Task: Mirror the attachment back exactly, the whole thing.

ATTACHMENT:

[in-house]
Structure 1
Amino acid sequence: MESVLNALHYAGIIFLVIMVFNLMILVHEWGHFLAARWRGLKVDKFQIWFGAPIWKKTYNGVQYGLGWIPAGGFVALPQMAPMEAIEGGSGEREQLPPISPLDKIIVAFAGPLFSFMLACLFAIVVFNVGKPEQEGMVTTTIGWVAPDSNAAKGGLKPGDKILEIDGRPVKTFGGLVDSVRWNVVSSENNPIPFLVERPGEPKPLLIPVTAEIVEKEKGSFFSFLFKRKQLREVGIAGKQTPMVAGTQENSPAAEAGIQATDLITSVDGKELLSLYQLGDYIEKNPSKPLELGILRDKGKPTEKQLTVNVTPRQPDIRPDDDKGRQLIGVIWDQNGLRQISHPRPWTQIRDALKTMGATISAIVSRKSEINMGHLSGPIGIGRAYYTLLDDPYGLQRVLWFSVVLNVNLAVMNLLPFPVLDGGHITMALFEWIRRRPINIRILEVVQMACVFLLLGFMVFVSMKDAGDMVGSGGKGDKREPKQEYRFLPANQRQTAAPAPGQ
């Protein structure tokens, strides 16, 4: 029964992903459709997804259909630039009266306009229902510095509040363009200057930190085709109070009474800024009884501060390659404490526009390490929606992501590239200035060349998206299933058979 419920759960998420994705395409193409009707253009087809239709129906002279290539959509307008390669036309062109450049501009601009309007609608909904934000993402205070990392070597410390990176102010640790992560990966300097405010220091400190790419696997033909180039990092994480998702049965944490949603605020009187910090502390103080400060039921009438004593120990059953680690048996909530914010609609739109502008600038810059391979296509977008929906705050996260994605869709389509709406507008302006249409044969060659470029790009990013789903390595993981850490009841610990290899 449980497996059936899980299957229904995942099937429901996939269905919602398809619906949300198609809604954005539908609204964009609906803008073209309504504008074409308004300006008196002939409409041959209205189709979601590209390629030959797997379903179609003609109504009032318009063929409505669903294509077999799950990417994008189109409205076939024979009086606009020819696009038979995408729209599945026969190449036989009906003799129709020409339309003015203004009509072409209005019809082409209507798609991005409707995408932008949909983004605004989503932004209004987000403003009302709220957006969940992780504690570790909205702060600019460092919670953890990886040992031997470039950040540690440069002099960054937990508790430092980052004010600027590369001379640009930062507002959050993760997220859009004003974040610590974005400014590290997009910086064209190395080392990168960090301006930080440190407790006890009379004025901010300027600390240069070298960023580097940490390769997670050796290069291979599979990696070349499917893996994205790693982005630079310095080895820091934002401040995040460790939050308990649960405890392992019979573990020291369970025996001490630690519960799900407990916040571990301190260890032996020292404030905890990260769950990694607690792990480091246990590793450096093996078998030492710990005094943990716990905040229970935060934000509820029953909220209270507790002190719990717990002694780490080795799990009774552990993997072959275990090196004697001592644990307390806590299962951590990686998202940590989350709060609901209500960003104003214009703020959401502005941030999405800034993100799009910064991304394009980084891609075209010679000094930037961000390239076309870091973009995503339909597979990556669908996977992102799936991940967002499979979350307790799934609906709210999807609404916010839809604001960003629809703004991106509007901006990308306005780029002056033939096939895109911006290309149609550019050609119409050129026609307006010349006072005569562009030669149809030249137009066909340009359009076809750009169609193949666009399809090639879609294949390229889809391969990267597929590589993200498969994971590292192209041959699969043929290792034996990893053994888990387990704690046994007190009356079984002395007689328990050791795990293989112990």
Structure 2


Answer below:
[in-house]
Structure 1
Amino acid sequence: MESVLNALHYAGIIFLVIMVFNLMILVHEWGHFLAARWRGLKVDKFQIWFGAPIWKKTYNGVQYGLGWIPAGGFVALPQMAPMEAIEGGSGEREQLPPISPLDKIIVAFAGPLFSFMLACLFAIVVFNVGKPEQEGMVTTTIGWVAPDSNAAKGGLKPGDKILEIDGRPVKTFGGLVDSVRWNVVSSENNPIPFLVERPGEPKPLLIPVTAEIVEKEKGSFFSFLFKRKQLREVGIAGKQTPMVAGTQENSPAAEAGIQATDLITSVDGKELLSLYQLGDYIEKNPSKPLELGILRDKGKPTEKQLTVNVTPRQPDIRPDDDKGRQLIGVIWDQNGLRQISHPRPWTQIRDALKTMGATISAIVSRKSEINMGHLSGPIGIGRAYYTLLDDPYGLQRVLWFSVVLNVNLAVMNLLPFPVLDGGHITMALFEWIRRRPINIRILEVVQMACVFLLLGFMVFVSMKDAGDMVGSGGKGDKREPKQEYRFLPANQRQTAAPAPGQ
């Protein structure tokens, strides 16, 4: 029964992903459709997804259909630039009266306009229902510095509040363009200057930190085709109070009474800024009884501060390659404490526009390490929606992501590239200035060349998206299933058979 419920759960998420994705395409193409009707253009087809239709129906002279290539959509307008390669036309062109450049501009601009309007609608909904934000993402205070990392070597410390990176102010640790992560990966300097405010220091400190790419696997033909180039990092994480998702049965944490949603605020009187910090502390103080400060039921009438004593120990059953680690048996909530914010609609739109502008600038810059391979296509977008929906705050996260994605869709389509709406507008302006249409044969060659470029790009990013789903390595993981850490009841610990290899 449980497996059936899980299957229904995942099937429901996939269905919602398809619906949300198609809604954005539908609204964009609906803008073209309504504008074409308004300006008196002939409409041959209205189709979601590209390629030959797997379903179609003609109504009032318009063929409505669903294509077999799950990417994008189109409205076939024979009086606009020819696009038979995408729209599945026969190449036989009906003799129709020409339309003015203004009509072409209005019809082409209507798609991005409707995408932008949909983004605004989503932004209004987000403003009302709220957006969940992780504690570790909205702060600019460092919670953890990886040992031997470039950040540690440069002099960054937990508790430092980052004010600027590369001379640009930062507002959050993760997220859009004003974040610590974005400014590290997009910086064209190395080392990168960090301006930080440190407790006890009379004025901010300027600390240069070298960023580097940490390769997670050796290069291979599979990696070349499917893996994205790693982005630079310095080895820091934002401040995040460790939050308990649960405890392992019979573990020291369970025996001490630690519960799900407990916040571990301190260890032996020292404030905890990260769950990694607690792990480091246990590793450096093996078998030492710990005094943990716990905040229970935060934000509820029953909220209270507790002190719990717990002694780490080795799990009774552990993997072959275990090196004697001592644990307390806590299962951590990686998202940590989350709060609901209500960003104003214009703020959401502005941030999405800034993100799009910064991304394009980084891609075209010679000094930037961000390239076309870091973009995503339909597979990556669908996977992102799936991940967002499979979350307790799934609906709210999807609404916010839809604001960003629809703004991106509007901006990308306005780029002056033939096939895109911006290309149609550019050609119409050129026609307006010349006072005569562009030669149809030249137009066909340009359009076809750009169609193949666009399809090639879609294949390229889809391969990267597929590589993200498969994971590292192209041959699969043929290792034996990893053994888990387990704690046994007190009356079984002395007689328990050791795990293989112990």
Structure 2